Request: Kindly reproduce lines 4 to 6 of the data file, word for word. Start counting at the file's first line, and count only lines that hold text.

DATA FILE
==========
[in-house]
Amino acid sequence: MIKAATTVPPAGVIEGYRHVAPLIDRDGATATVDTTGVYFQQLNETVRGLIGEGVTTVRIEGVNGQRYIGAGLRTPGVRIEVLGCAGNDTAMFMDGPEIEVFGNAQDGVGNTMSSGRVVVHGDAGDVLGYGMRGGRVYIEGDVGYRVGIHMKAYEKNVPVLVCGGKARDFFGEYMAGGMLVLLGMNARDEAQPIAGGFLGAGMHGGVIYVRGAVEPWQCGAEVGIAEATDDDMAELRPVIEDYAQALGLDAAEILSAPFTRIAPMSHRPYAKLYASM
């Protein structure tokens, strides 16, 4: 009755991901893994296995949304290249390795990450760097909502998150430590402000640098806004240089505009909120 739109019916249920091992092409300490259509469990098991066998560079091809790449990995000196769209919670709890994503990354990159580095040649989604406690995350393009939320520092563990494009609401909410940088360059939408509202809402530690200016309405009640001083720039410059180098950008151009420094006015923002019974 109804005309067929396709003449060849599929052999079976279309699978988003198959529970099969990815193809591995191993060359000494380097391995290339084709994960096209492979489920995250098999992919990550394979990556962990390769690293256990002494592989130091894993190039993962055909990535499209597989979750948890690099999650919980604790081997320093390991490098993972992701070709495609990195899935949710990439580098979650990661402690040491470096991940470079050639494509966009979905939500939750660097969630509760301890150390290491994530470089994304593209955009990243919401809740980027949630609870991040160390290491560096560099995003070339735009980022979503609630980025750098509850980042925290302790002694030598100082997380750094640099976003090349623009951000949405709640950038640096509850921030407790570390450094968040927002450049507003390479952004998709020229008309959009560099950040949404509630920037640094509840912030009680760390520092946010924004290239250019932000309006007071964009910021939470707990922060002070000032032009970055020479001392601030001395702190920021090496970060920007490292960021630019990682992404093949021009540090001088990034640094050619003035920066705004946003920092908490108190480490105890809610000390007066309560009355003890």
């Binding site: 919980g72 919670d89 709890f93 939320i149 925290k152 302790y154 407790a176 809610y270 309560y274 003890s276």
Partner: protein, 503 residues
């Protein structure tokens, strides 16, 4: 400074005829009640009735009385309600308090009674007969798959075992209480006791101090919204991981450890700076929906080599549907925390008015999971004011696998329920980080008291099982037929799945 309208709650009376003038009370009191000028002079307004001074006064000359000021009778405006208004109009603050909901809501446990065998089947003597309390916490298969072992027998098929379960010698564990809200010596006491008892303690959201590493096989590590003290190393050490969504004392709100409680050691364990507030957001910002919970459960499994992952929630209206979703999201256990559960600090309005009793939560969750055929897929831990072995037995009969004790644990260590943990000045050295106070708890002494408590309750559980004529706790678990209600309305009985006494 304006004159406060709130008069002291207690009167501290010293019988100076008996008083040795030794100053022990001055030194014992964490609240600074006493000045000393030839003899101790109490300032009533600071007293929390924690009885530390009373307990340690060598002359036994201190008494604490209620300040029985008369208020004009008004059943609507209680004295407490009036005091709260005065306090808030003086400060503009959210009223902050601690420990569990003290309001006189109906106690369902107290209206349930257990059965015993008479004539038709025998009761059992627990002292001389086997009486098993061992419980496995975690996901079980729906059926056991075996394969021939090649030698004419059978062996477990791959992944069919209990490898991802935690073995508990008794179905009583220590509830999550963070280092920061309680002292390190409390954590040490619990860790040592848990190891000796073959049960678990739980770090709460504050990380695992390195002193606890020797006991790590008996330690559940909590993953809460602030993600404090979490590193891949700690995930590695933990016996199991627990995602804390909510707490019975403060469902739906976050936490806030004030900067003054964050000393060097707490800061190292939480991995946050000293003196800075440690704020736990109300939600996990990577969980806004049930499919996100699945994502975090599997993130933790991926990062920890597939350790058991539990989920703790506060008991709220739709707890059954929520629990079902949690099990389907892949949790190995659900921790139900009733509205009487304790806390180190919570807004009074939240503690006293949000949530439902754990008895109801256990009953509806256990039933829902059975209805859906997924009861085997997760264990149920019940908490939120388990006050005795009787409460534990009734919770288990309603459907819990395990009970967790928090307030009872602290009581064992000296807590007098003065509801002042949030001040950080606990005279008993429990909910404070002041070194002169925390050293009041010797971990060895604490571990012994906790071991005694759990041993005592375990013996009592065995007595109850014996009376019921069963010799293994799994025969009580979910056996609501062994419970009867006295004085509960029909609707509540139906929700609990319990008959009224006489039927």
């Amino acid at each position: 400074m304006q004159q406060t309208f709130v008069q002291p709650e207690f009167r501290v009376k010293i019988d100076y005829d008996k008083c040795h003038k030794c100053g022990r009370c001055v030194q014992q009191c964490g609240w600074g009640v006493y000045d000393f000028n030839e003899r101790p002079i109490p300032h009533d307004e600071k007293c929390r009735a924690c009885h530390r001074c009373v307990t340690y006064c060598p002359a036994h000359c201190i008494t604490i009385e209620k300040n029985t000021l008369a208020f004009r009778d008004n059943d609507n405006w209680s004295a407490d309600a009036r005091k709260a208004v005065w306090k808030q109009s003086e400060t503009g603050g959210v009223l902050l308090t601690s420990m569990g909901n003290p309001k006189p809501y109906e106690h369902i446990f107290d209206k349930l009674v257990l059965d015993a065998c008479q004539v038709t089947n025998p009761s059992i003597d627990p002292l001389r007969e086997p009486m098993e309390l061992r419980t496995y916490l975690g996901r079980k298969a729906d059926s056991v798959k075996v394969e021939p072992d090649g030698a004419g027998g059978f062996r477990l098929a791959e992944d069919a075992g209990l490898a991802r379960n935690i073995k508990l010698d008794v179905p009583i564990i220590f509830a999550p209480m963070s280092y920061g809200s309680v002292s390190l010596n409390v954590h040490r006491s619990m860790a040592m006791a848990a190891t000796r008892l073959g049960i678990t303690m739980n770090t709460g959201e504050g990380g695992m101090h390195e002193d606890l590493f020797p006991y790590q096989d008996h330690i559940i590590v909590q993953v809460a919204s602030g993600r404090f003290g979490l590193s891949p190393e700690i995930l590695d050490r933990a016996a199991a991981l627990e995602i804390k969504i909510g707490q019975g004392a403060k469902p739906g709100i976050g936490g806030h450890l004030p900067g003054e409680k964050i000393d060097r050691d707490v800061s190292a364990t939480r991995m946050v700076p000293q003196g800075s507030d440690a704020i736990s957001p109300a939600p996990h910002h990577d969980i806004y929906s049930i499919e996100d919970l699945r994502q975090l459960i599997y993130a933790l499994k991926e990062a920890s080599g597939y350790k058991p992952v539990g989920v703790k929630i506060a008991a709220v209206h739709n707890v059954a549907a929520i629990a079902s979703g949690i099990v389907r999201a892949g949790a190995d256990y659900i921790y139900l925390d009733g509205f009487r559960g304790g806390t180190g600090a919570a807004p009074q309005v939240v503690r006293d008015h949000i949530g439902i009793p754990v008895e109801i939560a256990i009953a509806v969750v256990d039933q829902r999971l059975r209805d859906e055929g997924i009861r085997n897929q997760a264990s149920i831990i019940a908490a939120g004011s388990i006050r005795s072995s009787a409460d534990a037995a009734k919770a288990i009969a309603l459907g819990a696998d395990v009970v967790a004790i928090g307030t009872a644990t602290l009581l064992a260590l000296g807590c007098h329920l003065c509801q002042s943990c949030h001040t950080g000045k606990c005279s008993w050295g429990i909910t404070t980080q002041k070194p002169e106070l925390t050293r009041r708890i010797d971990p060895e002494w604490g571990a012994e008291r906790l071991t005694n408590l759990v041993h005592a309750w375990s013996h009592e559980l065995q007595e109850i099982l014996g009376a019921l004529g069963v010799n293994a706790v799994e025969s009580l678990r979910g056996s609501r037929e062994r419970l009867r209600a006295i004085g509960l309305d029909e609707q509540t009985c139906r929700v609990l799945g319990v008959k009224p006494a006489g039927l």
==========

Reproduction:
């Binding site: 919980g72 919670d89 709890f93 939320i149 925290k152 302790y154 407790a176 809610y270 309560y274 003890s276």
Partner: protein, 503 residues
């Protein structure tokens, strides 16, 4: 400074005829009640009735009385309600308090009674007969798959075992209480006791101090919204991981450890700076929906080599549907925390008015999971004011696998329920980080008291099982037929799945 309208709650009376003038009370009191000028002079307004001074006064000359000021009778405006208004109009603050909901809501446990065998089947003597309390916490298969072992027998098929379960010698564990809200010596006491008892303690959201590493096989590590003290190393050490969504004392709100409680050691364990507030957001910002919970459960499994992952929630209206979703999201256990559960600090309005009793939560969750055929897929831990072995037995009969004790644990260590943990000045050295106070708890002494408590309750559980004529706790678990209600309305009985006494 304006004159406060709130008069002291207690009167501290010293019988100076008996008083040795030794100053022990001055030194014992964490609240600074006493000045000393030839003899101790109490300032009533600071007293929390924690009885530390009373307990340690060598002359036994201190008494604490209620300040029985008369208020004009008004059943609507209680004295407490009036005091709260005065306090808030003086400060503009959210009223902050601690420990569990003290309001006189109906106690369902107290209206349930257990059965015993008479004539038709025998009761059992627990002292001389086997009486098993061992419980496995975690996901079980729906059926056991075996394969021939090649030698004419059978062996477990791959992944069919209990490898991802935690073995508990008794179905009583220590509830999550963070280092920061309680002292390190409390954590040490619990860790040592848990190891000796073959049960678990739980770090709460504050990380695992390195002193606890020797006991790590008996330690559940909590993953809460602030993600404090979490590193891949700690995930590695933990016996199991627990995602804390909510707490019975403060469902739906976050936490806030004030900067003054964050000393060097707490800061190292939480991995946050000293003196800075440690704020736990109300939600996990990577969980806004049930499919996100699945994502975090599997993130933790991926990062920890597939350790058991539990989920703790506060008991709220739709707890059954929520629990079902949690099990389907892949949790190995659900921790139900009733509205009487304790806390180190919570807004009074939240503690006293949000949530439902754990008895109801256990009953509806256990039933829902059975209805859906997924009861085997997760264990149920019940908490939120388990006050005795009787409460534990009734919770288990309603459907819990395990009970967790928090307030009872602290009581064992000296807590007098003065509801002042949030001040950080606990005279008993429990909910404070002041070194002169925390050293009041010797971990060895604490571990012994906790071991005694759990041993005592375990013996009592065995007595109850014996009376019921069963010799293994799994025969009580979910056996609501062994419970009867006295004085509960029909609707509540139906929700609990319990008959009224006489039927």